- Letting yourself get anxious or nervous before tryouts. This is not your world, parents. If you want your child to be on the team that is best for them, they need to play well, and the way to ensure that they do not play well is to be an absolute ball of nerves leading up to tryouts. Kids are the most intuitive people on earth…they know you like the back of their hands. When you are suddenly having them attend every session that the DOC is putting on, buying them $150 pairs of cleats, and telling them that “if they don’t move up a team, then they should give up the sport”…they are automatically going to freak out.
- Relating personal status with team name. This is the most applicable to youth soccer. I understand that you want what is best for your child, and you exist to protect them from harm. However, the name Predator or Gold after their year of birth, does not make them any more of a person than playing Recreational soccer. What a person does on the field does not reflect on who they are. You have to believe that and preach that value to your children, or it will be a long and expensive road.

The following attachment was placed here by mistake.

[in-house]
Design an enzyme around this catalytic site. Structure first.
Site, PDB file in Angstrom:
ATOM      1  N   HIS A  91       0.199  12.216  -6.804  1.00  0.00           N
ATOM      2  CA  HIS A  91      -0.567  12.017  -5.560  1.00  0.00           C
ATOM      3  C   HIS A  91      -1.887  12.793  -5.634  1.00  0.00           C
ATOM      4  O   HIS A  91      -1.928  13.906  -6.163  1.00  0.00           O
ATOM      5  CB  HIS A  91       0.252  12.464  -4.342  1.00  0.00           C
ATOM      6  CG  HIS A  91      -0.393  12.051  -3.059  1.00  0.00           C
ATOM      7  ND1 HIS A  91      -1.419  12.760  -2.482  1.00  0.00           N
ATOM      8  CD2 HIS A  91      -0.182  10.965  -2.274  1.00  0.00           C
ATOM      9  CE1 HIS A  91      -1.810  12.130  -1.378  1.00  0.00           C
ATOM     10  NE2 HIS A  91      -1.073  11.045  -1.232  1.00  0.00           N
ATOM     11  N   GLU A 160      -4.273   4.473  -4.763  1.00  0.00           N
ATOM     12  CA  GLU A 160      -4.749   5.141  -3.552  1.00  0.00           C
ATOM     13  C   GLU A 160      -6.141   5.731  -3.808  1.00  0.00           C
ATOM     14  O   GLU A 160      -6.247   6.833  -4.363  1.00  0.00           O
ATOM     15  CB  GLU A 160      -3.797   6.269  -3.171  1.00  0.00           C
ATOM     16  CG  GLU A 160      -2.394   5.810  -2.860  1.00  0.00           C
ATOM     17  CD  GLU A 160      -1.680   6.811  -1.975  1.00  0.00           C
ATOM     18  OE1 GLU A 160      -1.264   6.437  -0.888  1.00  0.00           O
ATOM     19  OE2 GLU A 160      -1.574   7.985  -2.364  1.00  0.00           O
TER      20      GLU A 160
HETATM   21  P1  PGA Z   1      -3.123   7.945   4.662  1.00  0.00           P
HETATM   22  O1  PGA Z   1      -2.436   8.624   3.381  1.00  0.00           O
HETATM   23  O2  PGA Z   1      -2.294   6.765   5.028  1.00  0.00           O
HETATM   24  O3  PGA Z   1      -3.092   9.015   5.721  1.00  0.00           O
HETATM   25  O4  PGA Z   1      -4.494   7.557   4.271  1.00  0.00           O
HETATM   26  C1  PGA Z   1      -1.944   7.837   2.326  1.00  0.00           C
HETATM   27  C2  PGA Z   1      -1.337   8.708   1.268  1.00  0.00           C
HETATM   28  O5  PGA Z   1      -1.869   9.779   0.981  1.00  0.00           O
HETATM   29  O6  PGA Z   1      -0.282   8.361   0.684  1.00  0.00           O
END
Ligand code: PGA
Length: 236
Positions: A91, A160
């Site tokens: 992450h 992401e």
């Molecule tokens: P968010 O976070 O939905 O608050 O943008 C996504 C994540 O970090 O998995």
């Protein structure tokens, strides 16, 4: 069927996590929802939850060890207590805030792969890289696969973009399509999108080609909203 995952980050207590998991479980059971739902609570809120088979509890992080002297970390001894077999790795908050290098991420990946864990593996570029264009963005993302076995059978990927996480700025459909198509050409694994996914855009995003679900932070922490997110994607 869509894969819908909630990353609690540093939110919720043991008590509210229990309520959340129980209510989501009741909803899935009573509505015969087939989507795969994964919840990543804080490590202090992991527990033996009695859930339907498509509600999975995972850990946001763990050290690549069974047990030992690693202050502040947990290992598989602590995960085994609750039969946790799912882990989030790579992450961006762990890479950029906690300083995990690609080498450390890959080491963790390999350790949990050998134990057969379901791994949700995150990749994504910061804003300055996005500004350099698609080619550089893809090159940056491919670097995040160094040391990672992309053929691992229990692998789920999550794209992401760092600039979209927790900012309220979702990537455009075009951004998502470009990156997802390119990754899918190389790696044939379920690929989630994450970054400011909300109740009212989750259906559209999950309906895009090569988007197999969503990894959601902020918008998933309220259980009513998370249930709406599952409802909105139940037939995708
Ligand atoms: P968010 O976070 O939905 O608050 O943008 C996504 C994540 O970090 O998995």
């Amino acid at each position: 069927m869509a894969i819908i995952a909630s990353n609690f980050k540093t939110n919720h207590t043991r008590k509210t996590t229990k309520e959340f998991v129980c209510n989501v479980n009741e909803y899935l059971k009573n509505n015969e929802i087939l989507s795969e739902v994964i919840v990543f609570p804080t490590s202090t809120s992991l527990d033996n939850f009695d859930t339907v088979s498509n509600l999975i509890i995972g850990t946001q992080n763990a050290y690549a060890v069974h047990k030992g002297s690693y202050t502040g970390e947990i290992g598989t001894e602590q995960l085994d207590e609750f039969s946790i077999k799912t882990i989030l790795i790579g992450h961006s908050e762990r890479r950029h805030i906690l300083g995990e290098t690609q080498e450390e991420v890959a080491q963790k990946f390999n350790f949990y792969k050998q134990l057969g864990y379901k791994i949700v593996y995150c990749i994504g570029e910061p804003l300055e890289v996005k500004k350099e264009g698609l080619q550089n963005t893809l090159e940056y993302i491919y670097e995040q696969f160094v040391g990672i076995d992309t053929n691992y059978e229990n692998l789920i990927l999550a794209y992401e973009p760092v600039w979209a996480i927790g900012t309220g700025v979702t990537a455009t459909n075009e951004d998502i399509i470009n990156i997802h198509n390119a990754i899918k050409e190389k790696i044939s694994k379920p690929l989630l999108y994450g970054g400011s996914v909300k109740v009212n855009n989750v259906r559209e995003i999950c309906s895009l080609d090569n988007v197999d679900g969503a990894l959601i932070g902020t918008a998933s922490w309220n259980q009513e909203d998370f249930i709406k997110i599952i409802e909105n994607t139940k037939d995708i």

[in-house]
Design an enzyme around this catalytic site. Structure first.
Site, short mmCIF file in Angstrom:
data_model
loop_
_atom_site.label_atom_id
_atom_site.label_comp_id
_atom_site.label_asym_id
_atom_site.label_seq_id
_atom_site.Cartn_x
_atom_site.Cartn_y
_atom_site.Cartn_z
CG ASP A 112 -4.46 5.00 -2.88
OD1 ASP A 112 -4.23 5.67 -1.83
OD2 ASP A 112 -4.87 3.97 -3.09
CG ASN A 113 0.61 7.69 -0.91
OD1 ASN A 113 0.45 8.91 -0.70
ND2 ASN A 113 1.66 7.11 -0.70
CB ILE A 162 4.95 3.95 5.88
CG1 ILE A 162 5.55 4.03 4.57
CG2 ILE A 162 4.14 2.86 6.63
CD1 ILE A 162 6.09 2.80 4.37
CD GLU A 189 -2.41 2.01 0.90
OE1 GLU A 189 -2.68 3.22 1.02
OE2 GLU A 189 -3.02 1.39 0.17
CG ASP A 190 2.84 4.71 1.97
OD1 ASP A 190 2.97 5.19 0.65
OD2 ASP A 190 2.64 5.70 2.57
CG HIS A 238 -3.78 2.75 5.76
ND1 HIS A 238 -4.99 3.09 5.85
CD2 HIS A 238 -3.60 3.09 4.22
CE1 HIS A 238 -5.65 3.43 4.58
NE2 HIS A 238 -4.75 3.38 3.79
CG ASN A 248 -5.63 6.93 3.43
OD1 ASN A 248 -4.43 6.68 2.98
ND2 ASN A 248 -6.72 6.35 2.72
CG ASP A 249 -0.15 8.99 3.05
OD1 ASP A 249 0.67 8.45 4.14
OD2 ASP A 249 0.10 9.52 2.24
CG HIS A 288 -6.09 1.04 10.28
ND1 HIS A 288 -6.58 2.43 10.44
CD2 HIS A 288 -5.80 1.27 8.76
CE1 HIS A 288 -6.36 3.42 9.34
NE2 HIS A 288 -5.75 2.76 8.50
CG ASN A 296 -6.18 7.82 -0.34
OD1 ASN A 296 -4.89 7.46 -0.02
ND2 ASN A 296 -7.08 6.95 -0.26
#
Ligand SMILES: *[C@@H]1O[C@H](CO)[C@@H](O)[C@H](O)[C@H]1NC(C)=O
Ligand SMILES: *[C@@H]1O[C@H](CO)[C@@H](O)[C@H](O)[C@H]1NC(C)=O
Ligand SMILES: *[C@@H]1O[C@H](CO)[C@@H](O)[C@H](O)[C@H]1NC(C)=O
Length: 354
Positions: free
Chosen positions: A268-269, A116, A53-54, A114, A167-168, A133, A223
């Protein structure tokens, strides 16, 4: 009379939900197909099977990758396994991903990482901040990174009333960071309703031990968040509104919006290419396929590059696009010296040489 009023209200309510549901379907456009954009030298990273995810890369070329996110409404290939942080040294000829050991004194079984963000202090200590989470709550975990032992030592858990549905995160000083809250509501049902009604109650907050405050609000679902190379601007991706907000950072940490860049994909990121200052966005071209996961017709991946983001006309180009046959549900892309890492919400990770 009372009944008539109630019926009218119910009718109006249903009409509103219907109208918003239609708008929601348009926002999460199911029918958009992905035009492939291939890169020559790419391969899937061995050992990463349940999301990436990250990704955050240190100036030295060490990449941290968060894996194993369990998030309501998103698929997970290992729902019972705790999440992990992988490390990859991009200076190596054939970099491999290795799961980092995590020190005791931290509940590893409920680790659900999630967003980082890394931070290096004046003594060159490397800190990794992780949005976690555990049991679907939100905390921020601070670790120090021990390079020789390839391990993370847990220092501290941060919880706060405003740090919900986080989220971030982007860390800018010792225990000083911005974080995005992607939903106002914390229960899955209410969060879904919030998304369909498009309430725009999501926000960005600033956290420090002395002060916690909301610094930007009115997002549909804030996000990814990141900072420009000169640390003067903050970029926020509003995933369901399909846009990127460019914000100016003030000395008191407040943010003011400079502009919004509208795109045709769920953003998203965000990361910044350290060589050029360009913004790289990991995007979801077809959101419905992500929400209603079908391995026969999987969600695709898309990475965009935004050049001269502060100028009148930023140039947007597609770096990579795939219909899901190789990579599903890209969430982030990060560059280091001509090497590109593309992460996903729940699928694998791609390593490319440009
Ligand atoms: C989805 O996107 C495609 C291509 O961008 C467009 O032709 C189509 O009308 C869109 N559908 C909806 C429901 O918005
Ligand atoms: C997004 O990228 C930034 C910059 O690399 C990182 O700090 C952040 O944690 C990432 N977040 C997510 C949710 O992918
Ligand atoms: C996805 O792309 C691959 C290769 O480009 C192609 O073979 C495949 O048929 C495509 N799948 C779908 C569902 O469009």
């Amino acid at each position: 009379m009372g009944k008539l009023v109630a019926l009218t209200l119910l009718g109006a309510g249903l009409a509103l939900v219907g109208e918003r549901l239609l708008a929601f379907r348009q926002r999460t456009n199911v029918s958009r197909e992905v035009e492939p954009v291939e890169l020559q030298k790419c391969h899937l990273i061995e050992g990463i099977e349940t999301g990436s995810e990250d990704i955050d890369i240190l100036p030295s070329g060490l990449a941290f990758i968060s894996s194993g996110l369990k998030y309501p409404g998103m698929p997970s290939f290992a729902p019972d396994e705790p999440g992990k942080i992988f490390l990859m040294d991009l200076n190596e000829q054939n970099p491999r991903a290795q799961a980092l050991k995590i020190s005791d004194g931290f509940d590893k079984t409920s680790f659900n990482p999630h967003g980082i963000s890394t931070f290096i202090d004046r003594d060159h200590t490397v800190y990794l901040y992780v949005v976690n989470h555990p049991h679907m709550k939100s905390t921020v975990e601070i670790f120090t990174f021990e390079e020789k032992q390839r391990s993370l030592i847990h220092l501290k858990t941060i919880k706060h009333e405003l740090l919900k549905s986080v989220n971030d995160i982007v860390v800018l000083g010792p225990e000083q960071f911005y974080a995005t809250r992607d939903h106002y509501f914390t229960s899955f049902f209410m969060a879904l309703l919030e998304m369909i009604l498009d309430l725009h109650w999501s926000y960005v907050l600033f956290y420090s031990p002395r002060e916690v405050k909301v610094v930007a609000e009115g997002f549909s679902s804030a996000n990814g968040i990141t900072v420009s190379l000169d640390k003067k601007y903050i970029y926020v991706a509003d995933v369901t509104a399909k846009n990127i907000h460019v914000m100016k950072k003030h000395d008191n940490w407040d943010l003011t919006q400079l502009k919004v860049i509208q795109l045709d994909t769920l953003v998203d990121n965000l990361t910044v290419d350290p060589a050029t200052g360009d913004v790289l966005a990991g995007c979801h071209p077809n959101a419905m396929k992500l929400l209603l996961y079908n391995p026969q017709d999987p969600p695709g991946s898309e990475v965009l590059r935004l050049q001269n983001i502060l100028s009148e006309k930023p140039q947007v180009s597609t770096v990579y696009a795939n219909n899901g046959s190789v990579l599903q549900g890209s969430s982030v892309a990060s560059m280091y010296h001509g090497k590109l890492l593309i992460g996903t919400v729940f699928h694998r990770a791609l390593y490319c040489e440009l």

- Using political ties or other means to allow your child to be where they do not deserve. This not only effects the team where the player ends up, but it will effect the player as an individual. A lower level player on an upper level team, is a liability for the development of the team and the individual. Most often, the year spent on the upper team will swing the pendulum for the player far in the opposite direction. The player ends up moving down and the confidence of that player has been killed because they have sat the bench for a year and compared themselves unrealistically to others much more capable. Shame on you and shame on the coach for allowing it!
For more information on Jeremy Boone, Parent Your Best, or how to play your parent role to the best of your ability, visit: www.parentyourbest.com